Gallery: Cosmic pictures from the AAS

By Phil Plait | January 17, 2012 7:00 am

Comments (14)

  1. Messier Tidy Upper

    Superluminous gallery collection. Thanks BA. :-)

  2. Chris

    At first glance the grey insets on the right almost look like Borg cubes!

  3. Chip

    The pictures are wonderful but I got hooked on each informative text, compelling me to read through the whole presentation as well as look. Thanks!

  4. dcsohl

    In the “downtown” Andromeda picture, what scales are we talking about? How big is the cluster of blue stars?

  5. Christopher Jablonski

    Are you kidding me? We have dark matter maps??

    Can they detect distance as well as direction? Perhaps with parallax? What would a 3D dark matter map look like? Does dark matter tend to clump together? Do I have a lot of questions about dark matter or what?

  6. Tod R. Lauer


    The blue cluster in M31 is very compact, fitting within 1/3 of a light-year. The two main peaks of the old red stars in the background nucleus are only 5 ly apart. The angular scale of the image is only 3 arcseconds across, so this a very extreme “zoom” into the center of M31.

  7. Chris Winter

    Resolving objects 1/3 LY apart at a distance of 3 million LY is impressive in itself!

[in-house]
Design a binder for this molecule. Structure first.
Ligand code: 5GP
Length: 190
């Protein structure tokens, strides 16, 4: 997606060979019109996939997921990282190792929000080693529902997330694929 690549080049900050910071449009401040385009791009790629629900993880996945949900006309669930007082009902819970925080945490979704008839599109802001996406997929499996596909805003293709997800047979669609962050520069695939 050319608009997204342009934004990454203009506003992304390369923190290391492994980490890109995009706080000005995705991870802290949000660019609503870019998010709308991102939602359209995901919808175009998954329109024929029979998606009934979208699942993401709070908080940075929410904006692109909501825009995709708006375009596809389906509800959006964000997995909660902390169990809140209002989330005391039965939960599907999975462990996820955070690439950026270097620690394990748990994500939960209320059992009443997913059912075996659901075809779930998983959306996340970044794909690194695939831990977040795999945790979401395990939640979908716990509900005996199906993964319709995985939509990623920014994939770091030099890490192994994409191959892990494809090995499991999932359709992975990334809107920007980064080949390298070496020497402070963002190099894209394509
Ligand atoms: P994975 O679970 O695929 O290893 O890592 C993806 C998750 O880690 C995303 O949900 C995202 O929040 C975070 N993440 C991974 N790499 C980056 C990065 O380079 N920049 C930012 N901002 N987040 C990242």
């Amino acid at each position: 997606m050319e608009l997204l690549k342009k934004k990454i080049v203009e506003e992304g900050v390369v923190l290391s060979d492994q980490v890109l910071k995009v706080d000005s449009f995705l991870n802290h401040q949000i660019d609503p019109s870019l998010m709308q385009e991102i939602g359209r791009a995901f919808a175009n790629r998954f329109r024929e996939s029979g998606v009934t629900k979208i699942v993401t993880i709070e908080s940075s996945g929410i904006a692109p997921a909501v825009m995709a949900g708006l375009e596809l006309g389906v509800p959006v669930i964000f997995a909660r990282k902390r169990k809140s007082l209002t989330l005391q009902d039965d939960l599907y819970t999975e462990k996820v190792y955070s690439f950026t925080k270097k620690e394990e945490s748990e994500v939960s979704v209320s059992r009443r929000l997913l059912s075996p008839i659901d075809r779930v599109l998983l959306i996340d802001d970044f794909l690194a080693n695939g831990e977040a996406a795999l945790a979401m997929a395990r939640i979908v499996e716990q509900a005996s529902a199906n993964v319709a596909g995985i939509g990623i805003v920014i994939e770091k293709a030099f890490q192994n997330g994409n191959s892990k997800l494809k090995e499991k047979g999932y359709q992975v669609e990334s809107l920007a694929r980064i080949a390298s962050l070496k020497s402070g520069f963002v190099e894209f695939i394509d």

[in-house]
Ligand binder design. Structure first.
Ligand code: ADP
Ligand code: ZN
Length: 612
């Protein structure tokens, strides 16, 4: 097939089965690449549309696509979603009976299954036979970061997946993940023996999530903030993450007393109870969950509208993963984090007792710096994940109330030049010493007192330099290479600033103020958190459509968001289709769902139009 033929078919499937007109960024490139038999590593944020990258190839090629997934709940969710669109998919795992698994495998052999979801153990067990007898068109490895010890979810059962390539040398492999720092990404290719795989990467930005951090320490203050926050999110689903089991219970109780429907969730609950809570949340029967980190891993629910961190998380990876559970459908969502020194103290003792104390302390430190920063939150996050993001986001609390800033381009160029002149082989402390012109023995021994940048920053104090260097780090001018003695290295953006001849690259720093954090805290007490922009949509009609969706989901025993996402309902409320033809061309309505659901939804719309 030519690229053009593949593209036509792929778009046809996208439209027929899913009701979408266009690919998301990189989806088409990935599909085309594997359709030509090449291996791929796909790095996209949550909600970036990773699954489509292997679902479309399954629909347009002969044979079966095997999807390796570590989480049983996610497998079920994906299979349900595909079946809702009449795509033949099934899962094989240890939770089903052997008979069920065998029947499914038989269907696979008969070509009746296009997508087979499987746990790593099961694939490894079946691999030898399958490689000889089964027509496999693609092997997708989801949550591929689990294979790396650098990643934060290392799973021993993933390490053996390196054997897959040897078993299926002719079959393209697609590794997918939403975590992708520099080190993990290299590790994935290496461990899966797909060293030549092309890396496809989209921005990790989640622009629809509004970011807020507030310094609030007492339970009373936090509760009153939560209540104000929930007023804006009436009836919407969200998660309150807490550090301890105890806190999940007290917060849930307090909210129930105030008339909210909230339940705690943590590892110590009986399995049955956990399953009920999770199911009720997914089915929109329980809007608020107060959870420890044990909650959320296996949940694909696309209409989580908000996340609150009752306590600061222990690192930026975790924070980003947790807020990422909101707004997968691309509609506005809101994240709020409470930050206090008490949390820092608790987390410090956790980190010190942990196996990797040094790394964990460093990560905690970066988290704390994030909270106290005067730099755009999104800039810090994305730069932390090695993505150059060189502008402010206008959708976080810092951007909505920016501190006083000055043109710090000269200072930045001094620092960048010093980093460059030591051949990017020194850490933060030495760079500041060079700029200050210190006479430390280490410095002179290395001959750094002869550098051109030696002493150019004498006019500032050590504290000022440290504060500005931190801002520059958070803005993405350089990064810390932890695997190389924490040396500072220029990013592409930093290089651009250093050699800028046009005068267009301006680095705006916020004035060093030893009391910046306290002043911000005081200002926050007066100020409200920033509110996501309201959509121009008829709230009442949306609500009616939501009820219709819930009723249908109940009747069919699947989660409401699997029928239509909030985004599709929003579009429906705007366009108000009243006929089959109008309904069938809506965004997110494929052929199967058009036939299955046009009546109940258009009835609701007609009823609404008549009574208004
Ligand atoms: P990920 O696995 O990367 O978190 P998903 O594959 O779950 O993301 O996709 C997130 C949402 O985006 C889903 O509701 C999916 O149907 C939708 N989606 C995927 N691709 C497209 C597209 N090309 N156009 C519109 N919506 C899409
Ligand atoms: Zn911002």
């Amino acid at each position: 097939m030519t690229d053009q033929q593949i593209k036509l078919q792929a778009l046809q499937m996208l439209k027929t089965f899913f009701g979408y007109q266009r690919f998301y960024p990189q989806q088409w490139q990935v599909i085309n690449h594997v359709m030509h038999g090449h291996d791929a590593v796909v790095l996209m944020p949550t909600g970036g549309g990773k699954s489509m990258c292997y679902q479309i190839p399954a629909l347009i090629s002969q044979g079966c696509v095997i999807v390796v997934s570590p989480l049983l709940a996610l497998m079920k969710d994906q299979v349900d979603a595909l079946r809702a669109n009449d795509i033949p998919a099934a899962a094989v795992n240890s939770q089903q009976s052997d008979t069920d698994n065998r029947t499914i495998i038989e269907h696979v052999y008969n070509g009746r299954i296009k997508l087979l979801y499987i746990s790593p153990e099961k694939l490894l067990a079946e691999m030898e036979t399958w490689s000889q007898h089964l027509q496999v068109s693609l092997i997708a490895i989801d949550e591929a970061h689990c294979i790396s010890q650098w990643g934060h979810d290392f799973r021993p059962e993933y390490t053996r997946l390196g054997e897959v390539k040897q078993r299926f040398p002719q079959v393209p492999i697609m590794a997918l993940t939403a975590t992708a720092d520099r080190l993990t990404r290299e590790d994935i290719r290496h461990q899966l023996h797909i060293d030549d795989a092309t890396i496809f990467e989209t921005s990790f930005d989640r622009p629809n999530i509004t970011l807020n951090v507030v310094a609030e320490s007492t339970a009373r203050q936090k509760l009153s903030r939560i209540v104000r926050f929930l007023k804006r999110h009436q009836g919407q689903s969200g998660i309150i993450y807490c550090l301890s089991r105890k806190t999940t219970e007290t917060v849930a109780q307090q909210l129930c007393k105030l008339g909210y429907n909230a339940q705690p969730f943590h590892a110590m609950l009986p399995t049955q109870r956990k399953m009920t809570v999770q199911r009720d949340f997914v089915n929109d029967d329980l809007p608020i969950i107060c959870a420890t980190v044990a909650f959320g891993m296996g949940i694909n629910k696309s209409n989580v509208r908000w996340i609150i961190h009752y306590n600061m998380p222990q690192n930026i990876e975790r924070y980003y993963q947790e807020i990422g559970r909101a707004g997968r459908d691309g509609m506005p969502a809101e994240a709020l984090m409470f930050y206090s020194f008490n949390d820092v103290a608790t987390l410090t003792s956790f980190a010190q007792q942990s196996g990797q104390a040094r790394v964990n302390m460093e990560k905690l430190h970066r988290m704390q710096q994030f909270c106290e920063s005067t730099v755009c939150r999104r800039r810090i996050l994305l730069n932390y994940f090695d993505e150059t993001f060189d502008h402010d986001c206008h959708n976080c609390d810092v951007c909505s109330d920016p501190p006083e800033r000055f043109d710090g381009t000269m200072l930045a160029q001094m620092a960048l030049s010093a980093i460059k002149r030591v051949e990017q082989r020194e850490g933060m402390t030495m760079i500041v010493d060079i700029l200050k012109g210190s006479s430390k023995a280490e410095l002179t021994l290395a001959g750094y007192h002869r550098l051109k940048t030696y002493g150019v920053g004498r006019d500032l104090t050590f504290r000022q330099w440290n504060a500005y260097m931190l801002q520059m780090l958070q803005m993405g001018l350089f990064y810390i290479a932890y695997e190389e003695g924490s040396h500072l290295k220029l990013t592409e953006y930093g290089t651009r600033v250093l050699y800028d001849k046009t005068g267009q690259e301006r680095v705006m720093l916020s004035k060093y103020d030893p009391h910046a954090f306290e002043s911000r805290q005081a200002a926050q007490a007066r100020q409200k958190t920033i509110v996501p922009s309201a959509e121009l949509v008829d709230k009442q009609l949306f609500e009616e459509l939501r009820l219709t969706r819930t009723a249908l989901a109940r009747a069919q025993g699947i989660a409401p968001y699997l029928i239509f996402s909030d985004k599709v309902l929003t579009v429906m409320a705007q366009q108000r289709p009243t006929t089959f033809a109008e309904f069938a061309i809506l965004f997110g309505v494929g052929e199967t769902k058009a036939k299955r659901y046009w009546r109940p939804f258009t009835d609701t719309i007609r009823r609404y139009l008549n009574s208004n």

8. Michele Trenti

    Hi Phil, I really liked your wording for describing the growth of galaxies in the BoRG cluster. I will assimilate them for use in my talks. Thanks for your great blog!

  9. KentB

    As soon as man achieved Consciousness, He wondered . . . “what is that?”

  10. Andres Minas

    The Green Apple Cosmos. It certainly looks more of a slice picture of the the Big Bang to me. Beautiful 3D indeed!

  11. Ken Coenen

    I’m not much for royalty, but the wise king and queen panorama is absolutely stunning.

  12. Matt B.

    Somewhere in reading this, I realized it would be really amazing if Celestia included views in non-visible light. (Of course, just having nebulae would be tremendously helpful too.)

    A Neptunian orbit-sized parallax baseline would be very helpful in making that 3D dark-matter map that Christopher Jablonski thought of. We could at least find out how much of what we detect is inside our galaxy.


Discover's Newsletter

Sign up to get the latest science news delivered weekly right to your inbox!


See More

Collapse bottom bar

Login to your Account

E-mail address:
Remember me
Forgot your password?
No problem. Click here to have it e-mailed to you.

Not Registered Yet?

Register now for FREE. Registration only takes a few minutes to complete. Register now »